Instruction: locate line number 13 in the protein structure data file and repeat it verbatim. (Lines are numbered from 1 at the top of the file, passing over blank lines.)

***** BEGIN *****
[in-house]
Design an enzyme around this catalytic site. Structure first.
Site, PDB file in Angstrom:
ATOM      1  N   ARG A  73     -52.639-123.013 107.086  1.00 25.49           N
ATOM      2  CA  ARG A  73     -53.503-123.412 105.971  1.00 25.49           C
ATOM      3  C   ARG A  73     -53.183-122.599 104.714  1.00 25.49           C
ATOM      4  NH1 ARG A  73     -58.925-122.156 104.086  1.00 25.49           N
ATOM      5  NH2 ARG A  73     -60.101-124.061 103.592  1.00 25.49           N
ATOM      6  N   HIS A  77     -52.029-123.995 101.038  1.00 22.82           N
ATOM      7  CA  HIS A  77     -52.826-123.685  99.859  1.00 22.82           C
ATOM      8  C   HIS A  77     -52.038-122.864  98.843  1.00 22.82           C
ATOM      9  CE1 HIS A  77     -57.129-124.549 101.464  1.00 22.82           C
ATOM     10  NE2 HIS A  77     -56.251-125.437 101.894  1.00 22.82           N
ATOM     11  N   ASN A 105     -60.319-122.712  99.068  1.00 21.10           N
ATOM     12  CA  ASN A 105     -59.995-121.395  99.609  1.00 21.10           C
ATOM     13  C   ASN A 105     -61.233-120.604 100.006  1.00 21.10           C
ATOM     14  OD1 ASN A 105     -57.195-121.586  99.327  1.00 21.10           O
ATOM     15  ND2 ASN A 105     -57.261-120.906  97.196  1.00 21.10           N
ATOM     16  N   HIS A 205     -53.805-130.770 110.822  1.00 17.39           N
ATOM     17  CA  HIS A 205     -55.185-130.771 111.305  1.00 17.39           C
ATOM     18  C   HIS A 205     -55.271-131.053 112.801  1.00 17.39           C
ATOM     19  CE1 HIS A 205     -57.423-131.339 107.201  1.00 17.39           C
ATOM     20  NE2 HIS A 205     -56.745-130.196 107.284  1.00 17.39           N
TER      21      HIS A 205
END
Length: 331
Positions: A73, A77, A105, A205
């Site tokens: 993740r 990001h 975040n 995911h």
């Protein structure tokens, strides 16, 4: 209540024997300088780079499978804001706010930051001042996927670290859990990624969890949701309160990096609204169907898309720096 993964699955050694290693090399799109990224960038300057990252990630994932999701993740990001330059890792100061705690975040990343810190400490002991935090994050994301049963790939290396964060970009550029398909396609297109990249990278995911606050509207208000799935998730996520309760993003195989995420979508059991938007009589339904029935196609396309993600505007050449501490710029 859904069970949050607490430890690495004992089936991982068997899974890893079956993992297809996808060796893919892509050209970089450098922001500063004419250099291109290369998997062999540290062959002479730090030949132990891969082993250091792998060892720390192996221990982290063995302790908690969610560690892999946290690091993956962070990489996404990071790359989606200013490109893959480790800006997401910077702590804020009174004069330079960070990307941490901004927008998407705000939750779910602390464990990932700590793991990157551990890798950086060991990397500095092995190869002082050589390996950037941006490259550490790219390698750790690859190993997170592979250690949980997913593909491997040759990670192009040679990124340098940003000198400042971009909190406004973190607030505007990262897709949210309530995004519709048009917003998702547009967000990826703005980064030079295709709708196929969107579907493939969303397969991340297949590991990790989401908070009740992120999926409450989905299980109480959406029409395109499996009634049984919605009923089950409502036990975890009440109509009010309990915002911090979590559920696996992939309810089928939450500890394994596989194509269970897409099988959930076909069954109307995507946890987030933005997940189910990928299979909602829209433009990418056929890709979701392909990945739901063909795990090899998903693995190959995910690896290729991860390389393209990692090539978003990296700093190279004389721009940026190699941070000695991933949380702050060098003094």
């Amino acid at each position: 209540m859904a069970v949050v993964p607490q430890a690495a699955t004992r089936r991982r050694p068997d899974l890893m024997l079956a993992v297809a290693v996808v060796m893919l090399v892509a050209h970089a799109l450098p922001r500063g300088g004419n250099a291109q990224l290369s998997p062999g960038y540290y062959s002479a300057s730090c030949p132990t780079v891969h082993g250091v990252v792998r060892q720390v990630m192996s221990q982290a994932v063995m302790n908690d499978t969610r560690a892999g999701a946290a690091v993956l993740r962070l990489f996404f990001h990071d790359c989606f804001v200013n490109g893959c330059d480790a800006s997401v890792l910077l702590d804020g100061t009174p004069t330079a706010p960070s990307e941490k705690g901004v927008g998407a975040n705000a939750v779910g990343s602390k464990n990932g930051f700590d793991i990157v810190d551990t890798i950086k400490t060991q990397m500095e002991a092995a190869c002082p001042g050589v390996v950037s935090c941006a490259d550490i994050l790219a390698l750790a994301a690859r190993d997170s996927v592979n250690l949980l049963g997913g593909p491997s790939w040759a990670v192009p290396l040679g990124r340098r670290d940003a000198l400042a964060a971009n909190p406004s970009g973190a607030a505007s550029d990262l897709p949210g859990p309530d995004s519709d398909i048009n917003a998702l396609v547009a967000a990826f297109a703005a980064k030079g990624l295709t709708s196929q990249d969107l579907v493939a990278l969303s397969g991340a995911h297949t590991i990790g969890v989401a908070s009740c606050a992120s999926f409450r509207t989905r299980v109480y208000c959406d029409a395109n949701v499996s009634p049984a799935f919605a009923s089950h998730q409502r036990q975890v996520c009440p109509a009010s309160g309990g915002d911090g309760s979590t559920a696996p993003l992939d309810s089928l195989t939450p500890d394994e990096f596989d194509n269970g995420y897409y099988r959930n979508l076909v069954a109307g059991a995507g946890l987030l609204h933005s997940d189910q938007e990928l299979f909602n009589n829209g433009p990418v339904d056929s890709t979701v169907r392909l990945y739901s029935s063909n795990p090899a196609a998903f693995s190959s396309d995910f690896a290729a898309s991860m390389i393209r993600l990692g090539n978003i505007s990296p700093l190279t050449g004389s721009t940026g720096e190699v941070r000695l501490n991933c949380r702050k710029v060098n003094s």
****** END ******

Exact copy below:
ATOM     10  NE2 HIS A  77     -56.251-125.437 101.894  1.00 22.82           N